Rowan, K., Mumford, E., & Clark, C. J. (2015). Is women’s empowerment associated with help-seeking for spousal violence in India? Journal of Interpersonal Violence, 33(9), 1519-48. [DOI:10.1177/0886260515618945] [PMID] [PMCID]
Rzeszutek, M., Oniszczenko, W., Schier, K., Biernat-Kałuża, E., & Gasik, R. (2015). Trauma symptoms, temperament traits, social support and the intensity of pain in a Polish sample of patients suffering from chronic pain. Personality and Individual Differences, 83, 13-7. [DOI:10.1016/j.paid.2015.03.036]
Shepherd, L., & Wild, J. (2014). Emotion regulation, physiological arousal and PTSD symptoms in trauma-exposed individuals. Journal of Behavior Therapy and Experimental Psychiatry, 45(3), 360-7. [DOI:10.1016/j.jbtep.2014.03.002] [PMID] [PMCID]
Umubyeyi, A., Persson, M., Mogren, I., & Krantz, G. (2016). Gender inequality prevents abused women from seeking care despite protection given in gender-based violence legislation: A qualitative study from Rwanda. PLoS ONE, 11(5), 1-13. [DOI:10.1371/journal.pone.0154540] [PMID] [PMCID]
Vameghi, M., Khodaie Ardakani, M., & Sajjadi, H. (2013). [Domestic violence in Iran: Review of 2001-2008 literature (Persian)]. Social Welfare Quarterly, 13(50), 37-70. http://refahj.uswr.ac.ir/article-1-1354-en.html
Walker, L. E. (1999). Psychology and domestic violence around the world. American Psychologist, 54(1), 21-9. [DOI:10.1037/0003-066X.54.1.21]
Weiss, N. H., Tull, M. T., Viana, A. G., Anestis, M. D., & Gratz, K. L. (2012). Impulsive behaviors as an emotion regulation strategy: Examining associations between PTSD, emotion dysregulation, and impulsive behaviors among substance-dependent inpatients. Journal of Anxiety Disorders, 26(3), 453-8. [DOI:10.1016/j.janxdis.2012.01.007] [PMID] [PMCID]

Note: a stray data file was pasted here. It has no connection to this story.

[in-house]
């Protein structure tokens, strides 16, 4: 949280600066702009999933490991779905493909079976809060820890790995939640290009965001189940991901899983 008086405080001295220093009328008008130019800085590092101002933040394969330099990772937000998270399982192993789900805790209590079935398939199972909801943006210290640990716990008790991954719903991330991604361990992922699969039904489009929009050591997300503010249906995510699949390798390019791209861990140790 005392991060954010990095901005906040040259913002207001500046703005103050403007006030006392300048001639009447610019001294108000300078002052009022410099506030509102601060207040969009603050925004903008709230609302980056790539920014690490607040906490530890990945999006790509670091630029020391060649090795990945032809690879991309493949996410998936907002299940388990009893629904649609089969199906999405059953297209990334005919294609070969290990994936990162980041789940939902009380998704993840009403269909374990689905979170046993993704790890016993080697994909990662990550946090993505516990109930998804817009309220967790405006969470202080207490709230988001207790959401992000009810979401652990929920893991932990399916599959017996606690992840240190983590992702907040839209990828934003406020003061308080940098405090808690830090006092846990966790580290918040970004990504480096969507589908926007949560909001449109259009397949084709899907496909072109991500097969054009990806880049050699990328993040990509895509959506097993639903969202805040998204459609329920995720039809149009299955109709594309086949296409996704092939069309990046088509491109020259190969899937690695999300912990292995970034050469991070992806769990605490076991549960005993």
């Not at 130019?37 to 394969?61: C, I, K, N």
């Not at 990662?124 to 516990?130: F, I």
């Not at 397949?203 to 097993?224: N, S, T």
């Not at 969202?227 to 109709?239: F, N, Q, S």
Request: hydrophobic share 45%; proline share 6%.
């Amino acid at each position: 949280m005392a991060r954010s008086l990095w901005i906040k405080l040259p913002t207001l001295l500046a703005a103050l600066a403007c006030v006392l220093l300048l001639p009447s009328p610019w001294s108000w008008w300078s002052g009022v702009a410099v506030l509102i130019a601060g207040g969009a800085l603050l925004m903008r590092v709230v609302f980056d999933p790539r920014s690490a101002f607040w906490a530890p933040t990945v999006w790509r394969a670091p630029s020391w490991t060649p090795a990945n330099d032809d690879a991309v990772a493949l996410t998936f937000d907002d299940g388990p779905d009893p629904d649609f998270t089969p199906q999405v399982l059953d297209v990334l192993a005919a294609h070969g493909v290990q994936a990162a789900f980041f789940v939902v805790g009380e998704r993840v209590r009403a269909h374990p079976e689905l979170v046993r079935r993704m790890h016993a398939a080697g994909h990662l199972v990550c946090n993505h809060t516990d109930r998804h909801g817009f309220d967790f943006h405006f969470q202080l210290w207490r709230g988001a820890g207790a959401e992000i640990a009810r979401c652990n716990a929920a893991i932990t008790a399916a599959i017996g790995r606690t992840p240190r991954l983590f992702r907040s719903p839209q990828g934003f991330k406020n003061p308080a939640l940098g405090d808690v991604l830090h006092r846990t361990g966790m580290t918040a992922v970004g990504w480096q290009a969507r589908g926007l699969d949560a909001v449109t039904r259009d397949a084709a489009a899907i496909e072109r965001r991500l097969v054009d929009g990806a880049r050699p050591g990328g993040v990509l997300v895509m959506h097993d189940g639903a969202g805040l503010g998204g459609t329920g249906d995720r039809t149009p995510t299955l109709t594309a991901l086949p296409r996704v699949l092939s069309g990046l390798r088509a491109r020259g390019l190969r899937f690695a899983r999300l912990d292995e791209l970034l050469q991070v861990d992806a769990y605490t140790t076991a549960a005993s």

Weissman, D. M. (2007). The personal is political-and economic: Rethinking domestic violence. BYU Law Review, 387. https://heinonline.org/HOL/LandingPage?handle=hein.jour
Widiger, T. A., & Smith, G. T. (2008). Personality and psychopathology. In O. P. John, R. W. Robins, & L. A. Pervin (Eds.), Handbook of Personality: Theory and Research (pp. 743-69). New York: Guilford Press. https://www.google.com/books/edition/Handbook_of_Personality/olgW-du4RBcC?r
Wineman, N. M., Woods, S. J., & Zupanic, M. K. (2004). Intimate Partner Violence as a Predictor of Post-Traumatic Stress Disorder Symptom Severity in Women. Paper presented at the Sigma Theta Tau’s 15th International Research Congress: Building Community Through Research, Dublin, Ireland, 22-24 July 2004. https://scholar.google.com/scholar?hl=en&as_sdt=0%2C5&q=Intimate+partner+violence+as+a+predictor+
World Health Organization (WHO). (2017). Violence against women: Global picture health response. Retrieved from http://www.who.int/reproductivehealth/publications/violence/VAW_infographic.pdf
Zawadzki, B., & Agnieszka, P. (2012). Temperamental traits and severity of PTSD symptoms: Data from longitudinal studies of motor vehicle accident survivors. Journal of Individual Differences, 33(4), 257-67. [DOI:10.1027/1614-0001/a000074]
Type of Study: Research | Subject: Cognitive behavioral
Received: 2021/04/14 | Accepted: 2021/08/21 | Published: 2021/10/1

Add your comments about this article : Your username or Email:

Rights and permissions
Creative Commons License This work is licensed under a Creative Commons Attribution-NonCommercial 4.0 International License.

Designed & Developed by : Yektaweb